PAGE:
Is ‘Trainspotting’ (UK 1996) an Irresponsible Representation of a Heroin-Chic Lifestyle?
Trainspotting is a 1996 Channel 4 film, directed by Danny Boyle, based on the book written by Irvine Welsh. It follows the life of Mark Renton (Ewan McGregor), a Scottish heroin addict and the influence addiction has on his and his friend’s lives.
The mid-1990s saw the rise of the ‘Heroin Chic’ trend amongst young people across Britain. The term originated from the appeal of looking like a Heroin addict, thinking it was cool and stylish; or chic. Skinny, androgynous models with angular bone structure, pale skin and dark circles under their eyes appeared across the media, for example in fashion advertisements such as Kate Moss posing for Calvin Klein Underwear. From this arose films which examined heroin use and culture, such as Pulp Fiction, The Basketball Diaries and Trainspotting.
The opening sequence to the film features Renton talking about choosing things which conform to the Dominant Ideology: “Choose life. Choose a job. Choose a career. Choose a family...”; things which the majority of people do and choose. Renton, however “chose something else, and the reasons? There are no reasons. Who needs reasons when you’ve got heroin?”. This is accompanied by an exciting, rebellious chase scene, which could be considered as glamorising heroin and the Heroin-Chic lifestyle. Audiences who enjoy action in films may look up to the hero (theorist), and find their exciting lifestyle desirable – like Renton’s, and fulfil personal integrative needs (Uses and Gratifications). This would glamorise the heroin lifestyle, and encourage others to follow in Renton’s footsteps rather than following the legal, dominant ideology which is represented as considerably more dull.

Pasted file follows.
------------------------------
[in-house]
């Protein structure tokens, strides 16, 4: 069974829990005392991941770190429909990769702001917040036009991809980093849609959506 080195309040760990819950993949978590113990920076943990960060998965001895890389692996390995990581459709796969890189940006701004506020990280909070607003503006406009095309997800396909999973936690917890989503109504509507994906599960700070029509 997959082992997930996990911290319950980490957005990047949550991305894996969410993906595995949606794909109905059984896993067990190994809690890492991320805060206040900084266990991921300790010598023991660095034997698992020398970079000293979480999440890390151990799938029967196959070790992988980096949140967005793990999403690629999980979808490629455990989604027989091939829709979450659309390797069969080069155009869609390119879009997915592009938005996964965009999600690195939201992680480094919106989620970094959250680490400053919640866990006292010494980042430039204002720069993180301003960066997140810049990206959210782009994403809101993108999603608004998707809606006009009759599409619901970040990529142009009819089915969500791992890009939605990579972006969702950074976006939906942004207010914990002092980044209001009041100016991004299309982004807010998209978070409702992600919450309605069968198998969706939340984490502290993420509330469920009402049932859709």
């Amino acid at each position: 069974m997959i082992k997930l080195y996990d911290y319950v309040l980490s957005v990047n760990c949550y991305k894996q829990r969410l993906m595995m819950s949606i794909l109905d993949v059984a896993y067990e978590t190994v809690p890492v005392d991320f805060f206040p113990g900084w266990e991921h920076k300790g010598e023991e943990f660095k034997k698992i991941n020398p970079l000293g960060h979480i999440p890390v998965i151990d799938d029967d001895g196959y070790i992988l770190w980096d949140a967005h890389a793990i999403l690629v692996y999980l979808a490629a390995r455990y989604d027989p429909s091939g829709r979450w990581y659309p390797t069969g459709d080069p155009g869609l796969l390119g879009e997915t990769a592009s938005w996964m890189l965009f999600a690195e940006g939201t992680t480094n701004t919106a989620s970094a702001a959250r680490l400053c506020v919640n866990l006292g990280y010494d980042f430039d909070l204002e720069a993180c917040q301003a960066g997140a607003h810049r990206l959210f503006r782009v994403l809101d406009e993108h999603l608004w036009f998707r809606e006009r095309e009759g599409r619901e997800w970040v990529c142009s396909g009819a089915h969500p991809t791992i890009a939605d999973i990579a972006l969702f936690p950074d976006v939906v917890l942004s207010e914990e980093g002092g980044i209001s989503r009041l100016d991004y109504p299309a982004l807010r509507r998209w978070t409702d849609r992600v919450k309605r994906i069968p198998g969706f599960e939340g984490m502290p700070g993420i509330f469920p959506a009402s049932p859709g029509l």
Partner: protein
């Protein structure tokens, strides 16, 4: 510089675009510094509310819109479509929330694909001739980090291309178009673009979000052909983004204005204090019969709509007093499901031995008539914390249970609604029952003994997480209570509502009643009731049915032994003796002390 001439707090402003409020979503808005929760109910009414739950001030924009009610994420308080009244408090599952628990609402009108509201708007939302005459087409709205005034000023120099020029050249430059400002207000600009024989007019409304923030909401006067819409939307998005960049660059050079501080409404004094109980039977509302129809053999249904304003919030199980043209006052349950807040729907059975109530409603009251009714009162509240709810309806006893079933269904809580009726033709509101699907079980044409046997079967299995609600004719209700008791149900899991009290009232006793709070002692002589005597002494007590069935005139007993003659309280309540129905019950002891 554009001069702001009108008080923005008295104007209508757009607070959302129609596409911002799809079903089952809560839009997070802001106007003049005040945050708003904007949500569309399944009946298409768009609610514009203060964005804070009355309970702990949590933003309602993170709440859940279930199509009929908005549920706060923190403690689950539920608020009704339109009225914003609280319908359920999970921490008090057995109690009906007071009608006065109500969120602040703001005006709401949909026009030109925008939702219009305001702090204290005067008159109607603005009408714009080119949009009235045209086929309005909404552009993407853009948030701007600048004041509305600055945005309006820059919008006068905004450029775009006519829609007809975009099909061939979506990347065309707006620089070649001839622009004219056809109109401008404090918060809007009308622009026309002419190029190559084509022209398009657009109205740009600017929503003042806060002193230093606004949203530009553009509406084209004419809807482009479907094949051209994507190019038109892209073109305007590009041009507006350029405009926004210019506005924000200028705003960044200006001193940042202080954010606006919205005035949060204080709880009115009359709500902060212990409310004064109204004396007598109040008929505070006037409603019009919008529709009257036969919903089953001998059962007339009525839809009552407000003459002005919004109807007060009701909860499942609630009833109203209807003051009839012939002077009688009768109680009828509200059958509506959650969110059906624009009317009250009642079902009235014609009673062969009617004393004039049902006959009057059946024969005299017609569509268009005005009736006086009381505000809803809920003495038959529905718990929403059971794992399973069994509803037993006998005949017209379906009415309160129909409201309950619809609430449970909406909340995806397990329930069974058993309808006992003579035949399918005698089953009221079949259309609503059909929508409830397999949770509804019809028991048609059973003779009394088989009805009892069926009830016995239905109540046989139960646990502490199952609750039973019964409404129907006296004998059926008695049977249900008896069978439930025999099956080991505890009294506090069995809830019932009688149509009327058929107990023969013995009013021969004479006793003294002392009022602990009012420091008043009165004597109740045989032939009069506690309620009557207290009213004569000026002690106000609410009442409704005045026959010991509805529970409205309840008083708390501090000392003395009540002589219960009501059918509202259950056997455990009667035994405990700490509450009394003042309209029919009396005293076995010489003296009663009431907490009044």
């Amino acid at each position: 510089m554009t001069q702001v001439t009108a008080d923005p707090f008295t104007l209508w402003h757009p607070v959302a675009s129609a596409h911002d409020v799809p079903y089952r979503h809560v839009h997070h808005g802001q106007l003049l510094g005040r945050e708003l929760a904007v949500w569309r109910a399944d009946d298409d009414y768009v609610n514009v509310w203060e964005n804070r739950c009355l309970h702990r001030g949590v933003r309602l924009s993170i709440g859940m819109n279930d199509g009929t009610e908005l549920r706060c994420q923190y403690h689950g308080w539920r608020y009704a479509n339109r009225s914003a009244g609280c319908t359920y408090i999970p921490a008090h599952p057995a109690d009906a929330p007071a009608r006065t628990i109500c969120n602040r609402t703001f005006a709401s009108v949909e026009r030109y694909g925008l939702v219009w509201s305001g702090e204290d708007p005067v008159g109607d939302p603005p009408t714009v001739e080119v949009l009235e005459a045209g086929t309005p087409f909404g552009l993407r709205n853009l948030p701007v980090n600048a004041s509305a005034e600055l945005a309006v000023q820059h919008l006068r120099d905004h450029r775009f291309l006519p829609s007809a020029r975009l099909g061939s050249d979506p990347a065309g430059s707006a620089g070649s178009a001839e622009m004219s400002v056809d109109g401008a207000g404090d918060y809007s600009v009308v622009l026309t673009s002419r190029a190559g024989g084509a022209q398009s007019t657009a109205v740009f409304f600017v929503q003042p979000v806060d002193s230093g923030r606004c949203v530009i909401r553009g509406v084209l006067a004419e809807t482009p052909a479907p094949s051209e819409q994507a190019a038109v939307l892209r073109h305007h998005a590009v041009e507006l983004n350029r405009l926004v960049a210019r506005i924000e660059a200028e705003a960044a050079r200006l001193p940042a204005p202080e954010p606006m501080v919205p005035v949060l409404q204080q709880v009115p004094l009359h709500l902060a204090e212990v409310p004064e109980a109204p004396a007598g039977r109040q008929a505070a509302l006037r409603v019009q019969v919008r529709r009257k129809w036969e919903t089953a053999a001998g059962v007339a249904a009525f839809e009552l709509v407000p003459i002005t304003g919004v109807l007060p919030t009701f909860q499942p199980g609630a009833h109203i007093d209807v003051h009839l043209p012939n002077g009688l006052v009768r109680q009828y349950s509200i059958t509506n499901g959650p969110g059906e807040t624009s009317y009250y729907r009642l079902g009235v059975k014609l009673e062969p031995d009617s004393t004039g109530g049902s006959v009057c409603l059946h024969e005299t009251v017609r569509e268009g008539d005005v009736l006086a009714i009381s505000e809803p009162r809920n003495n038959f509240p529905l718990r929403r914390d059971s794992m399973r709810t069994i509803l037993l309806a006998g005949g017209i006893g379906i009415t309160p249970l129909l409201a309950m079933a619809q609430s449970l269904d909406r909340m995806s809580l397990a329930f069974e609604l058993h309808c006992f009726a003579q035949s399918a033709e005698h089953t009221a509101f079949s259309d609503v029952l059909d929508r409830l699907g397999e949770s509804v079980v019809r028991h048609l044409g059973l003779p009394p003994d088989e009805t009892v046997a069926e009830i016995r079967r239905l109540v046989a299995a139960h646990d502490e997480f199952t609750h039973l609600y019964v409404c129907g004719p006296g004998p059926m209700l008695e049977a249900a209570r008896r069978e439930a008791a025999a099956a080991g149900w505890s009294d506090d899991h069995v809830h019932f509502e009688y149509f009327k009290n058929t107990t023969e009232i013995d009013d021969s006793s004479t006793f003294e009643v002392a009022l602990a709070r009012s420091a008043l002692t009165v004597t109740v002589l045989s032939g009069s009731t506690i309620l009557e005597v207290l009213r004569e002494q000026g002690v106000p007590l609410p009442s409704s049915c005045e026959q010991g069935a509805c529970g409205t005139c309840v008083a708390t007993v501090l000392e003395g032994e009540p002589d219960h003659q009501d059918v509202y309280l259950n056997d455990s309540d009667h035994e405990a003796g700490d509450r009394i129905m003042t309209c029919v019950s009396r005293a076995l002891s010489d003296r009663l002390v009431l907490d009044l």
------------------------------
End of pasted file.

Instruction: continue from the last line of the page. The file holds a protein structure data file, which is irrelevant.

The beginning of the film may be considered to glamorise heroin addiction, as it is light-hearted, amusing and entertaining. The first bar fight scene is comical, when Begby throws a glass over the balcony. The...
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